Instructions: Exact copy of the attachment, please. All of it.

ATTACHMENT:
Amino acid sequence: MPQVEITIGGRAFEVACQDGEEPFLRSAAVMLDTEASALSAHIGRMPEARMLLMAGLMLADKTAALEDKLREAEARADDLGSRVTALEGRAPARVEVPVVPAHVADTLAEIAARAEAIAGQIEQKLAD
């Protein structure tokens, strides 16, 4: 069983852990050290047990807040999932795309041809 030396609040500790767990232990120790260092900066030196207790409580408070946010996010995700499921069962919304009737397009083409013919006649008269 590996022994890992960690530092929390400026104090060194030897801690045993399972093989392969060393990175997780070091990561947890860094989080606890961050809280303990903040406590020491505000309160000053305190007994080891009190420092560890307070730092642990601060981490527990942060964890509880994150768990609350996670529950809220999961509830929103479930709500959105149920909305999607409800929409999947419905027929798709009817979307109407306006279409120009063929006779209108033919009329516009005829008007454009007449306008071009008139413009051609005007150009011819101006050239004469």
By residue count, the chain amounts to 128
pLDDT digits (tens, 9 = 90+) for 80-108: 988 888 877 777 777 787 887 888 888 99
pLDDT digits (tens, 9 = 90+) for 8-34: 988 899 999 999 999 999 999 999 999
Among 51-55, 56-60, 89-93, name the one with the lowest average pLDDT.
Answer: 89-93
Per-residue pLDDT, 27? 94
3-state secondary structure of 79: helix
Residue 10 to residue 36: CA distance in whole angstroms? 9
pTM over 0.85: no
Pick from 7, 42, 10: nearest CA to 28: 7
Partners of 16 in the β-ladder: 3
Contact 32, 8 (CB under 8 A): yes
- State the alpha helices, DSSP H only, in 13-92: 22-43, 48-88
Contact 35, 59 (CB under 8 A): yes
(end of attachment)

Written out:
Amino acid sequence: MPQVEITIGGRAFEVACQDGEEPFLRSAAVMLDTEASALSAHIGRMPEARMLLMAGLMLADKTAALEDKLREAEARADDLGSRVTALEGRAPARVEVPVVPAHVADTLAEIAARAEAIAGQIEQKLAD
């Protein structure tokens, strides 16, 4: 069983852990050290047990807040999932795309041809 030396609040500790767990232990120790260092900066030196207790409580408070946010996010995700499921069962919304009737397009083409013919006649008269 590996022994890992960690530092929390400026104090060194030897801690045993399972093989392969060393990175997780070091990561947890860094989080606890961050809280303990903040406590020491505000309160000053305190007994080891009190420092560890307070730092642990601060981490527990942060964890509880994150768990609350996670529950809220999961509830929103479930709500959105149920909305999607409800929409999947419905027929798709009817979307109407306006279409120009063929006779209108033919009329516009005829008007454009007449306008071009008139413009051609005007150009011819101006050239004469």
By residue count, the chain amounts to 128
pLDDT digits (tens, 9 = 90+) for 80-108: 988 888 877 777 777 787 887 888 888 99
pLDDT digits (tens, 9 = 90+) for 8-34: 988 899 999 999 999 999 999 999 999
Among 51-55, 56-60, 89-93, name the one with the lowest average pLDDT.
Answer: 89-93
Per-residue pLDDT, 27? 94
3-state secondary structure of 79: helix
Residue 10 to residue 36: CA distance in whole angstroms? 9
pTM over 0.85: no
Pick from 7, 42, 10: nearest CA to 28: 7
Partners of 16 in the β-ladder: 3
Contact 32, 8 (CB under 8 A): yes
- State the alpha helices, DSSP H only, in 13-92: 22-43, 48-88
Contact 35, 59 (CB under 8 A): yes